Melissa Min (L) attends a vigil with her son James in solidarity with the Asian American community after increased attacks on the community since the onset of the coronavirus pandemic a year ago, in Philadelphia, Pennsylvania, U.S., March 17, 2021.
Rachel Wisniewski | Reuters
The Covid-19 Hate Crimes Act aims to increase Justice Department oversight of coronavirus-related hate crimes, provide support for state and local law enforcement agencies and make hate crime information more accessible to Asian American communities.
The move comes days after a shooting spree in Georgia that killed eight people, including six Asian women. The president and Vice President Kamala Harris are set to meet with Asian American leaders in Atlanta on Friday.
“While we do not yet know motive, as I said last week, we condemn in the strongest possible terms the ongoing crisis of gender-based and anti-Asian violence that has long plagued our nation,” Biden said in a statement.
The endorsement also comes a day after a congressional hearing on violence against Asian Americans, the first in 34 years.
Biden and several lawmakers and activists at the Thursday panel pressed Congress to pass hate crime legislation introduced by Rep. Grace Meng, D-N.Y., and Sen. Mazie K. Hirono, D-Hawaii, earlier this month.
Sen. Mazie Hirono, D-Hawaii, is seen during the Senate Judiciary Committee confirmation hearing for Merrick Garland, nominee to be Attorney General, on Monday, February 22, 2021.
Tom Williams | CQ-Roll Call, Inc. | Getty Images
A study by advocacy group Stop AAPI Hate released Tuesday recorded 3,795 reports of hate incidents against Asian Americans and Pacific Islanders between March 19, 2020, and Feb. 28, 2021.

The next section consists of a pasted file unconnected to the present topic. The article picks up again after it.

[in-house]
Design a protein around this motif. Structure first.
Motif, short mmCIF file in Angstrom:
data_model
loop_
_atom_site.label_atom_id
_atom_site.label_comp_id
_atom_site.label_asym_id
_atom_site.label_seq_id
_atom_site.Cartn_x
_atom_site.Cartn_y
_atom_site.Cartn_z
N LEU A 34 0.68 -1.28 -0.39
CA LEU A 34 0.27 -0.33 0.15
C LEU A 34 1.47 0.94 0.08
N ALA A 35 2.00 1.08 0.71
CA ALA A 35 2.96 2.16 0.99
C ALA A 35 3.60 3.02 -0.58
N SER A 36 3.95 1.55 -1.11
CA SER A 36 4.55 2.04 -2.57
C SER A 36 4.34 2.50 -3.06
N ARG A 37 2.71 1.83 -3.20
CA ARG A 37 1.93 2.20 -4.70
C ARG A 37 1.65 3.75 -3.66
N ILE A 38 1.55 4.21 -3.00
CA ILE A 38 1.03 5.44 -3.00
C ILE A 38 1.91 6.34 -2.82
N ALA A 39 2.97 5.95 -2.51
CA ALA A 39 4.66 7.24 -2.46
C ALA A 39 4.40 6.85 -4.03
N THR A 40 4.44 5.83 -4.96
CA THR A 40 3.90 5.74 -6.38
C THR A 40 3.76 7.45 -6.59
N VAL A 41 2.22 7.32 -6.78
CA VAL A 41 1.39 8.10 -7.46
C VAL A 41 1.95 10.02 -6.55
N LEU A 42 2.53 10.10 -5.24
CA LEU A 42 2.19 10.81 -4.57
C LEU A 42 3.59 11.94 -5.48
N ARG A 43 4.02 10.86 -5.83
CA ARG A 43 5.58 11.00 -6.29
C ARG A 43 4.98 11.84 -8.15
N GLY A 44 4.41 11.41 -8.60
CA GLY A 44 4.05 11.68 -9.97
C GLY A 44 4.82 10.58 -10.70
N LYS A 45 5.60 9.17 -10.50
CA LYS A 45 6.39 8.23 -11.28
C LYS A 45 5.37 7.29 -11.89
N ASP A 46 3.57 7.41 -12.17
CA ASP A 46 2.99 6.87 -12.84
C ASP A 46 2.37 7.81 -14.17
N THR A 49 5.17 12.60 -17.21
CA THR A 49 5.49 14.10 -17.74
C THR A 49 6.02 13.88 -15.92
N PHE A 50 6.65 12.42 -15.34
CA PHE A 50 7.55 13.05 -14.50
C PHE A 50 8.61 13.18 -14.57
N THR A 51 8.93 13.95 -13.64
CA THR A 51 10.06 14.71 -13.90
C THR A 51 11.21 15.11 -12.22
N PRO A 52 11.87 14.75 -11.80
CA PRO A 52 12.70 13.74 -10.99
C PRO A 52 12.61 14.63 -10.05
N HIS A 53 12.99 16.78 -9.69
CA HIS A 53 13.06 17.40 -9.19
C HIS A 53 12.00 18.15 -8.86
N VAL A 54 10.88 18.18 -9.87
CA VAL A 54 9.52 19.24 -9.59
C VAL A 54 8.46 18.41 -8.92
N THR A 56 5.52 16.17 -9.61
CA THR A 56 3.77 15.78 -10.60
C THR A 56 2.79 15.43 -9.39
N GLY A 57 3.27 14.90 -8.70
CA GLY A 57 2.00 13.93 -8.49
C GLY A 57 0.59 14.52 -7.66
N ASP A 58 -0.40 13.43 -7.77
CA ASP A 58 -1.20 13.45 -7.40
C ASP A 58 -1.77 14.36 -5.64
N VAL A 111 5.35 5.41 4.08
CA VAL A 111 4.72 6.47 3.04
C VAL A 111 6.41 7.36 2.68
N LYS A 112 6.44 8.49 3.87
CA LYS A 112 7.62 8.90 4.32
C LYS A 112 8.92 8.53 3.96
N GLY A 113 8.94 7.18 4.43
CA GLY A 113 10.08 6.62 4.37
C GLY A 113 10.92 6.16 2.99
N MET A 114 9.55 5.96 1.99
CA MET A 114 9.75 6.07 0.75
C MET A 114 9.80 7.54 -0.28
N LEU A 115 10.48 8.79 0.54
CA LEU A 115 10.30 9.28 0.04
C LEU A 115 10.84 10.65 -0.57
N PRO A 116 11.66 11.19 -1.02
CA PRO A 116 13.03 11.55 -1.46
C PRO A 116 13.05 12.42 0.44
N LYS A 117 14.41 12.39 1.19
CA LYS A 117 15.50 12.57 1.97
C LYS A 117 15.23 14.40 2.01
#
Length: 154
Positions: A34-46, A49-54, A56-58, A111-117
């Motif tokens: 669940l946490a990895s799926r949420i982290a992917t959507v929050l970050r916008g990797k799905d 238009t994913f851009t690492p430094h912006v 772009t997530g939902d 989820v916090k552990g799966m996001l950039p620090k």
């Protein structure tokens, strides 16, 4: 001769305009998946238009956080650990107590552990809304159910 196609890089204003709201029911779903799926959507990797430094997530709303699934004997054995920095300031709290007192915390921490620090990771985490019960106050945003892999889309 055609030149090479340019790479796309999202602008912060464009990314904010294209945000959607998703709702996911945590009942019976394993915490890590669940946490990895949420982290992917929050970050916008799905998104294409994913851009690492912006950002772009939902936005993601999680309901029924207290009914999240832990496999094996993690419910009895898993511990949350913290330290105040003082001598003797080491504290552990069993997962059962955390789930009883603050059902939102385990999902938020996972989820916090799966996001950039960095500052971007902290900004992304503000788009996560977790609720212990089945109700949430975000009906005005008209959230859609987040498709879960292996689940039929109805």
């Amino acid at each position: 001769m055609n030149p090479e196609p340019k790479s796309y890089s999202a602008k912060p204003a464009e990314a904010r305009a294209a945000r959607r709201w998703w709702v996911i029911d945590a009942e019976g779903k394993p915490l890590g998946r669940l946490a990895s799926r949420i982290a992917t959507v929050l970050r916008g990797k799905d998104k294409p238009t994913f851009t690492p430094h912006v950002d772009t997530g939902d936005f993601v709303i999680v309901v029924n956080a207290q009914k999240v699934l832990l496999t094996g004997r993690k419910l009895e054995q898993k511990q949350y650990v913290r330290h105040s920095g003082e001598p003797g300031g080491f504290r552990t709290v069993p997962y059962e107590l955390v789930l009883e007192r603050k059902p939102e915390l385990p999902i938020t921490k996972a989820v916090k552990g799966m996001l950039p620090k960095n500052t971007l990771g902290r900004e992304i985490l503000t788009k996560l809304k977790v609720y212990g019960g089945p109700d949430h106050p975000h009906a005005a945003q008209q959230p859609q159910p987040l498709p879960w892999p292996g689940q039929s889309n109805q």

The incidents include verbal slurs, physical attacks, workplace discrimination and online harassment, among other forms of prejudice. Many of the incidents were reported retroactively from 2020.
The group emphasizes that the tally represents just a fraction of the number of hate incidents experienced by Asian Americans across the country.
Some political leaders and advocates during the congressional hearing noted that hate crime legislation does not necessarily address all forms of hate experienced by Asian Americans.
At a press conference in Atlanta on Thursday morning, Georgia state Rep. Bee Nguyen said: “Hate crime laws are not preventative. They are used in the aftermath as a prosecutorial tool.”
Prosecuting hate crimes requires law enforcement to find proof that incidents are racially motivated.
“While many of the recent anti-Asian incidents may not meet legal definition of a hate crime, these attacks nonetheless create an unacceptable environment of fear and terror in Asian American communities,” Rep. Steve Cohen, D-Tenn., said during the House panel.